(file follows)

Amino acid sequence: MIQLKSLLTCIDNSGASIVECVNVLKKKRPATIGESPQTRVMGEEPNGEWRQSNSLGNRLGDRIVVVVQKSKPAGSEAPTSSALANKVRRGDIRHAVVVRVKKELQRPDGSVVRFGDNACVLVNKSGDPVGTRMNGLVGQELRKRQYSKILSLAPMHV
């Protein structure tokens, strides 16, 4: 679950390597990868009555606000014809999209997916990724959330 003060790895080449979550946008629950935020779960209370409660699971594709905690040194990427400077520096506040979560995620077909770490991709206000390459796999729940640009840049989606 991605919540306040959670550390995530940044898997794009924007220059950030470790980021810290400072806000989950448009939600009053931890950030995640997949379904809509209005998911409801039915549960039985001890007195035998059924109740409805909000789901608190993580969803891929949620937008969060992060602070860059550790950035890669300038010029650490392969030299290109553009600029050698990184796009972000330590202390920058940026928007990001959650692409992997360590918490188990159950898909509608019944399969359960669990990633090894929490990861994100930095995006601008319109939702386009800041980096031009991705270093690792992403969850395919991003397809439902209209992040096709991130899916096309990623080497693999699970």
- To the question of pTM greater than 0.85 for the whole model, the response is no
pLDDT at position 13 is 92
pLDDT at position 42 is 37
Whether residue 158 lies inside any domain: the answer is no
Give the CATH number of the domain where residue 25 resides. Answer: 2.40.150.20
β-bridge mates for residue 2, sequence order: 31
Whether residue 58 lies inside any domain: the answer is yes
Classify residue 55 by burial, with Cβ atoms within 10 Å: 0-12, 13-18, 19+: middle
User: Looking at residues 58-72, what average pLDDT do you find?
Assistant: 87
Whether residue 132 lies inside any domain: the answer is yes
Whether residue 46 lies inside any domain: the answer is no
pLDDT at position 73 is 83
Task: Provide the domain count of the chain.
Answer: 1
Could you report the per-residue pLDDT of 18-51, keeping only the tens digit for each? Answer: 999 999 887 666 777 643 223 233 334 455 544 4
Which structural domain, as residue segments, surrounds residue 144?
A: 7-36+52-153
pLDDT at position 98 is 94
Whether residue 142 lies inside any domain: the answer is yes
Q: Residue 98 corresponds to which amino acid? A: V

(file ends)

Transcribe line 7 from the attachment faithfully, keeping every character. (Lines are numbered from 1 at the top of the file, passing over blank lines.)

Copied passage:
Give the CATH number of the domain where residue 25 resides. Answer: 2.40.150.20